# Centers of Mass and Centroids

## Two Point-Masses

Suppose we have two particles of mass m1 and m2 at positions x1 and x2 , and suppose that the particles are connected by a lightweight inflexible rod. We say the particles form a system or a rigid body. Analyzing the properties of such a system is the first step to understanding the properties of more complicated objects.

One of the most important properties of the system is the center of mass . Intuitively, the center of mass is the location where an object could balance perfectly level on the tip of a pin.

### Group Discussion

Describe the center of mass for the two particle system if
1. m1 = m2
2. m1 > m2
3. m1 = 2 m2

The center of mass of an object is also the position at which the entire mass of the object could be concentrated, and still have the same "average motion" as the entire object does. The center of mass is vital to understanding the dynamics of a system of particles. For example, if we throw the "dumbell" shown in Figure 1, then the center of mass will follow a fairly simple path (roughly parabolic) whereas the ends will rotate around the center of mass, creating complicated paths as shown in Figure 2.

## Many Point-Masses

Suppose a rigid body is composed of n particles connected in a straight line. If the i th particle is located at x_i and has mass m_i , then the location of the center of mass for the system is x_cm where

(m1 + m2 + . . . + m_n)x_cm = m1 x1 + . . . + m_n x_n

The derivation of this equation involves finding the "pivot point" where the torques induced by the weight of each particle cancel out.

### Figure 3: A rigid collection of n particles.

Note that this equation indicates why the rigid body "acts like" a point mass located at the center of mass. If we imagine trying to balance the whole system on a pivot located at the origin, each individual mass exerts a torque of m_i x_i . The net torque at the origin is then just the sum of the individual torques, which is the right hand side of the equation above. On the other hand, the torque exerted by a single particle of mass m_1 + ... + m_n located at x_cm is given by the left hand side of the equation.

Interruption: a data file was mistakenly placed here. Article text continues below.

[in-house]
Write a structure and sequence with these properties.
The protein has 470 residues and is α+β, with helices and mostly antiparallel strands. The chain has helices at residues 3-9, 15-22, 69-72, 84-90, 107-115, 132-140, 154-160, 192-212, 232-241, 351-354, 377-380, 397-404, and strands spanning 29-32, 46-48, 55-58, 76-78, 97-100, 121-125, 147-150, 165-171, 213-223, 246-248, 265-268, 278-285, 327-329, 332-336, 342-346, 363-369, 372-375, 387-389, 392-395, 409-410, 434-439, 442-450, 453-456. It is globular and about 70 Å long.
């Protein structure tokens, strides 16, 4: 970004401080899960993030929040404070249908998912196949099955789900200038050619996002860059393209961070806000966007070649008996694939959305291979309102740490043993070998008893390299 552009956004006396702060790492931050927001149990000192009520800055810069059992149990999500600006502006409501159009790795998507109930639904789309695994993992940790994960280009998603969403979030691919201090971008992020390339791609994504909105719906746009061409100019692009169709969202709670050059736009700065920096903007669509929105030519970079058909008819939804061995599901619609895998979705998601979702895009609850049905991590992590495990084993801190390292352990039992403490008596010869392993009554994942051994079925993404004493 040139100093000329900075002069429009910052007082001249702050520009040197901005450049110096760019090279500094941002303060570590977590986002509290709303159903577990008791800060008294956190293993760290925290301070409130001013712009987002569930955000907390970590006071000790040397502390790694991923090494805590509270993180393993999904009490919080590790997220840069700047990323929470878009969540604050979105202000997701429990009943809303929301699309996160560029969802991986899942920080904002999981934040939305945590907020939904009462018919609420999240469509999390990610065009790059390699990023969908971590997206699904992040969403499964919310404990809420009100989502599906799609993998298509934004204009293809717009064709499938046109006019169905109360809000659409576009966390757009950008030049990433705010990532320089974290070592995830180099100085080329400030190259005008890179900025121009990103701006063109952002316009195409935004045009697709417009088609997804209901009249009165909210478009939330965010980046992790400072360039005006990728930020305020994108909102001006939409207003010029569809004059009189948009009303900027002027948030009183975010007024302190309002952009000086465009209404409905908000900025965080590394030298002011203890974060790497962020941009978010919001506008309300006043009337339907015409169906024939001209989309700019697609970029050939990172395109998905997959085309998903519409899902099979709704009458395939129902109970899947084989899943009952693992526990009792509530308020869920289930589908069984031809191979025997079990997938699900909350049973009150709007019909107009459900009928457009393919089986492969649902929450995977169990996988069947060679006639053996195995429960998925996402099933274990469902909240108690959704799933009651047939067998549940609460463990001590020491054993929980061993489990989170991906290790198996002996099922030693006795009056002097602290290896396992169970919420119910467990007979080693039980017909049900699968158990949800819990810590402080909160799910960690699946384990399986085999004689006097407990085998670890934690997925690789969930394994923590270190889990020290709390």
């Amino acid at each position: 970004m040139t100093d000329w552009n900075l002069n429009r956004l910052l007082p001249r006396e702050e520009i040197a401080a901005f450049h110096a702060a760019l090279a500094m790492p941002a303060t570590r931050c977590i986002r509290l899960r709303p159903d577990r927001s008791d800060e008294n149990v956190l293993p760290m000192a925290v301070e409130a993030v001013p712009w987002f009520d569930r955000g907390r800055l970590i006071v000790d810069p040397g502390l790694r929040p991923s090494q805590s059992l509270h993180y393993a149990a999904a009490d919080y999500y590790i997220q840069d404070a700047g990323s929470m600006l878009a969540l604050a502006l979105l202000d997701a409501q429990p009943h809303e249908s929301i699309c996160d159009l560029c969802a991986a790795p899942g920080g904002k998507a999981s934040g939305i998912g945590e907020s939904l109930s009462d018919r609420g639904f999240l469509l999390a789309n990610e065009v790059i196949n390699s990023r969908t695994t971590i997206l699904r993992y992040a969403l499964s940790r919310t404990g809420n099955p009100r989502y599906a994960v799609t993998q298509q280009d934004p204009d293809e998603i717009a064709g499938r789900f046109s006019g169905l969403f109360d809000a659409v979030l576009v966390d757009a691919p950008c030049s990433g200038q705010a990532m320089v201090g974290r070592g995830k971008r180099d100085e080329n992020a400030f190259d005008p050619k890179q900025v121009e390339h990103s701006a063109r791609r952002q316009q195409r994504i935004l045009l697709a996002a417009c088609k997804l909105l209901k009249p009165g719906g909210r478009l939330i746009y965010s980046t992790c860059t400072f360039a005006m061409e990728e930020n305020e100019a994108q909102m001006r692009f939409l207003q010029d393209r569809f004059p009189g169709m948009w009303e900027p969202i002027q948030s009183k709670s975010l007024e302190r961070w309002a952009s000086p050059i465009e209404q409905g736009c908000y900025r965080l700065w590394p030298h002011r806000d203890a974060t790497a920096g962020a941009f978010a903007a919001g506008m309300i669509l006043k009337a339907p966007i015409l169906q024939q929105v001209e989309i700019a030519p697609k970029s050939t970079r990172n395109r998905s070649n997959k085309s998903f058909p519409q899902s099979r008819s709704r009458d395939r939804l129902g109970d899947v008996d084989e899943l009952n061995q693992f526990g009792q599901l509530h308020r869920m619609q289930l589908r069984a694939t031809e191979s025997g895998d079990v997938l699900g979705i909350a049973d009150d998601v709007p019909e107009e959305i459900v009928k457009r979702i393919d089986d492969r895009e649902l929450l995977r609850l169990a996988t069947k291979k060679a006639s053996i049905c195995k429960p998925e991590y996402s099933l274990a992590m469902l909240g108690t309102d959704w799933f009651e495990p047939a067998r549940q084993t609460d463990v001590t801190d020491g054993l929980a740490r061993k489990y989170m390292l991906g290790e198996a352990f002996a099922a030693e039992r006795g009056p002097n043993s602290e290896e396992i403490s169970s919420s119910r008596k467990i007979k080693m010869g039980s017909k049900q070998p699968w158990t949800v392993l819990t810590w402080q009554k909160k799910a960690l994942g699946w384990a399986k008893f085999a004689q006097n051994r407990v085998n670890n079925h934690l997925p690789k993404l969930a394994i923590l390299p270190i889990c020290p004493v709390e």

If the particles are positioned in the plane at coordinates (x1,y1), ..., (x_n, y_n) , then the coordinates of the center of mass are defined by (x_cm , y_cm ) where

(m1 + . . . + m_n) x_cm = m1 x1 + . . . + m_n x_n

(m1 + . . . + m_n) y_cm = m1 y1 + . . . + m_n y_n

## Question 1

When the shape of an object is symmetric, it is clear where the center of mass is. We can often use this observation to find the centers of mass for composite objects by decomposing them into symmetric regions that we can then treat as point masses.
• Experimentally find the center of mass for the "C-beam" cross-section (also called a "channel section" by engineers) on the next page. You'll know you are essentially correct when the background color turns yellow.
• Decompose the C-beam into a union of rectangles by selecting one of the "Simple Subdivisions" from the menu at the bottom of the Exploration page, and find the center of mass for this subdivision. (Notice the black dots at the center of mass for each rectangle.) Does the center of mass of the C-beam change as the subdivision changes? Why does this make sense?
• If we can decompose a composite region into simple symmetric regions, then the center of mass of the composite region may be found by replacing each simple region by a corresponding point-mass.
• Give a geometric argument for why the statement should be true. What should be the location of each point-mass? What should be the mass of each point-mass?
• Verify the statement above using the C-beam with "Simple Subdivision 1" as a concrete example. In particular, assume that the "legs" of the C-beam have width 0.62 and height 2.17, and the "roof" has width 4.34 and height 0.62. Assume the C-beam has constant density of 1. Determine both the location and mass of the three point-masses inside the "Simple Subdivision 1" on the Exploration page.
• As this example shows, the center of mass of an object does not need to be on the object, yet it still makes sense to say that the center of mass is the location where the center of mass would balance on your finger and be perfectly level. Explain how a physical model of the C-beam can be made to balance at its center of mass. (Hint: consider line segments that connect the center of mass of the C-beam to the center of mass of each rectangle in the C-beam's decomposition.)

Next: Centers of Mass for Continuous Objects